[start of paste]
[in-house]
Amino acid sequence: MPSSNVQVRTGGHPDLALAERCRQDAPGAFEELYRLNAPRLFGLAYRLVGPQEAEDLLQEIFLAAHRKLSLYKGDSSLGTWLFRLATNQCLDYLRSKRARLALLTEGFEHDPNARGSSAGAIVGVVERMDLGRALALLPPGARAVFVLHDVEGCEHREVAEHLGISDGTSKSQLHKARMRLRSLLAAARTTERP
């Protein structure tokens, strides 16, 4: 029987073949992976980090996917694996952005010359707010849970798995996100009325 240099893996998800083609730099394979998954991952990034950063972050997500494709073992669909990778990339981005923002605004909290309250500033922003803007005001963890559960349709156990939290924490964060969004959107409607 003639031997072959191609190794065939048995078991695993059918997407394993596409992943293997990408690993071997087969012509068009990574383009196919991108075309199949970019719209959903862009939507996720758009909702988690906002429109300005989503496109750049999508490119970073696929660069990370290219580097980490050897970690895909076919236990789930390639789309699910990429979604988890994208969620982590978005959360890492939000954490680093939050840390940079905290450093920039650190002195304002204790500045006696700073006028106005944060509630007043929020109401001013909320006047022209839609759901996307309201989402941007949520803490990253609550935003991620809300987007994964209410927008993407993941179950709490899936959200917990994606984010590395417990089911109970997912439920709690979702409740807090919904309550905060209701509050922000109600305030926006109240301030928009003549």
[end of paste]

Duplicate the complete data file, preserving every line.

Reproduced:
[in-house]
Amino acid sequence: MPSSNVQVRTGGHPDLALAERCRQDAPGAFEELYRLNAPRLFGLAYRLVGPQEAEDLLQEIFLAAHRKLSLYKGDSSLGTWLFRLATNQCLDYLRSKRARLALLTEGFEHDPNARGSSAGAIVGVVERMDLGRALALLPPGARAVFVLHDVEGCEHREVAEHLGISDGTSKSQLHKARMRLRSLLAAARTTERP
């Protein structure tokens, strides 16, 4: 029987073949992976980090996917694996952005010359707010849970798995996100009325 240099893996998800083609730099394979998954991952990034950063972050997500494709073992669909990778990339981005923002605004909290309250500033922003803007005001963890559960349709156990939290924490964060969004959107409607 003639031997072959191609190794065939048995078991695993059918997407394993596409992943293997990408690993071997087969012509068009990574383009196919991108075309199949970019719209959903862009939507996720758009909702988690906002429109300005989503496109750049999508490119970073696929660069990370290219580097980490050897970690895909076919236990789930390639789309699910990429979604988890994208969620982590978005959360890492939000954490680093939050840390940079905290450093920039650190002195304002204790500045006696700073006028106005944060509630007043929020109401001013909320006047022209839609759901996307309201989402941007949520803490990253609550935003991620809300987007994964209410927008993407993941179950709490899936959200917990994606984010590395417990089911109970997912439920709690979702409740807090919904309550905060209701509050922000109600305030926006109240301030928009003549």